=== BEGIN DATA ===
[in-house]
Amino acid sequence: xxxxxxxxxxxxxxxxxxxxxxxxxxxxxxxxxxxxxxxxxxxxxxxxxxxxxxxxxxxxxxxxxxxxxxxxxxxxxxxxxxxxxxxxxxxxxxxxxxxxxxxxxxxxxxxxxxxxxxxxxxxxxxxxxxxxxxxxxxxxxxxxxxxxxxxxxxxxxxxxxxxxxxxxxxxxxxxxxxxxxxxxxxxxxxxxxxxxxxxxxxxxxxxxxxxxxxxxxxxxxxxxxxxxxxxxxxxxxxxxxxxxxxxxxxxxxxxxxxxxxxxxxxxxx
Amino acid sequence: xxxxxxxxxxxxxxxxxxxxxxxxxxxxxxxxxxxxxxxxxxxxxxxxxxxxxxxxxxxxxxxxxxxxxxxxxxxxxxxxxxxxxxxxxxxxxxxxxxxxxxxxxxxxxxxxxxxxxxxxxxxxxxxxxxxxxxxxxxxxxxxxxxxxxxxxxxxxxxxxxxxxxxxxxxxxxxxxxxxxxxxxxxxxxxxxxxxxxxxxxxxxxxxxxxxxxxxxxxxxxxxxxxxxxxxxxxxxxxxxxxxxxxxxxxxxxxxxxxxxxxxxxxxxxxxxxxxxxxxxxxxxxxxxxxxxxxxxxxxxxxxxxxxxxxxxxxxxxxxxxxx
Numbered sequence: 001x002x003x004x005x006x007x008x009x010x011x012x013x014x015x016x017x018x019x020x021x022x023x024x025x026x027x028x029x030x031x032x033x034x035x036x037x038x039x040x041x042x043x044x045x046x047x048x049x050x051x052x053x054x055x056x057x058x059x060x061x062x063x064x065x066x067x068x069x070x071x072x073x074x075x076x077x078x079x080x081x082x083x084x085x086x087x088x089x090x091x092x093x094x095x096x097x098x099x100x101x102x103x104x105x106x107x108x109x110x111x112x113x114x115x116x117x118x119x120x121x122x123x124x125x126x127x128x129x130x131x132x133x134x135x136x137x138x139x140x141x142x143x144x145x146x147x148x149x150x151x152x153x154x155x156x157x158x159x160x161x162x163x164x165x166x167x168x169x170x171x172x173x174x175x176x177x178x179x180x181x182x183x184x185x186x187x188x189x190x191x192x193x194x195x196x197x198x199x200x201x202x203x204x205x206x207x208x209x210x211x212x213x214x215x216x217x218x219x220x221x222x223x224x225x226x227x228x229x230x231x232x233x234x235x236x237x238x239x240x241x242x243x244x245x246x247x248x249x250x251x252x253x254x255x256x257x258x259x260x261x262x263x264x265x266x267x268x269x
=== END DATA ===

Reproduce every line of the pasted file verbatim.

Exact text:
[in-house]
Amino acid sequence: xxxxxxxxxxxxxxxxxxxxxxxxxxxxxxxxxxxxxxxxxxxxxxxxxxxxxxxxxxxxxxxxxxxxxxxxxxxxxxxxxxxxxxxxxxxxxxxxxxxxxxxxxxxxxxxxxxxxxxxxxxxxxxxxxxxxxxxxxxxxxxxxxxxxxxxxxxxxxxxxxxxxxxxxxxxxxxxxxxxxxxxxxxxxxxxxxxxxxxxxxxxxxxxxxxxxxxxxxxxxxxxxxxxxxxxxxxxxxxxxxxxxxxxxxxxxxxxxxxxxxxxxxxxxx
Amino acid sequence: xxxxxxxxxxxxxxxxxxxxxxxxxxxxxxxxxxxxxxxxxxxxxxxxxxxxxxxxxxxxxxxxxxxxxxxxxxxxxxxxxxxxxxxxxxxxxxxxxxxxxxxxxxxxxxxxxxxxxxxxxxxxxxxxxxxxxxxxxxxxxxxxxxxxxxxxxxxxxxxxxxxxxxxxxxxxxxxxxxxxxxxxxxxxxxxxxxxxxxxxxxxxxxxxxxxxxxxxxxxxxxxxxxxxxxxxxxxxxxxxxxxxxxxxxxxxxxxxxxxxxxxxxxxxxxxxxxxxxxxxxxxxxxxxxxxxxxxxxxxxxxxxxxxxxxxxxxxxxxxxxxx
Numbered sequence: 001x002x003x004x005x006x007x008x009x010x011x012x013x014x015x016x017x018x019x020x021x022x023x024x025x026x027x028x029x030x031x032x033x034x035x036x037x038x039x040x041x042x043x044x045x046x047x048x049x050x051x052x053x054x055x056x057x058x059x060x061x062x063x064x065x066x067x068x069x070x071x072x073x074x075x076x077x078x079x080x081x082x083x084x085x086x087x088x089x090x091x092x093x094x095x096x097x098x099x100x101x102x103x104x105x106x107x108x109x110x111x112x113x114x115x116x117x118x119x120x121x122x123x124x125x126x127x128x129x130x131x132x133x134x135x136x137x138x139x140x141x142x143x144x145x146x147x148x149x150x151x152x153x154x155x156x157x158x159x160x161x162x163x164x165x166x167x168x169x170x171x172x173x174x175x176x177x178x179x180x181x182x183x184x185x186x187x188x189x190x191x192x193x194x195x196x197x198x199x200x201x202x203x204x205x206x207x208x209x210x211x212x213x214x215x216x217x218x219x220x221x222x223x224x225x226x227x228x229x230x231x232x233x234x235x236x237x238x239x240x241x242x243x244x245x246x247x248x249x250x251x252x253x254x255x256x257x258x259x260x261x262x263x264x265x266x267x268x269x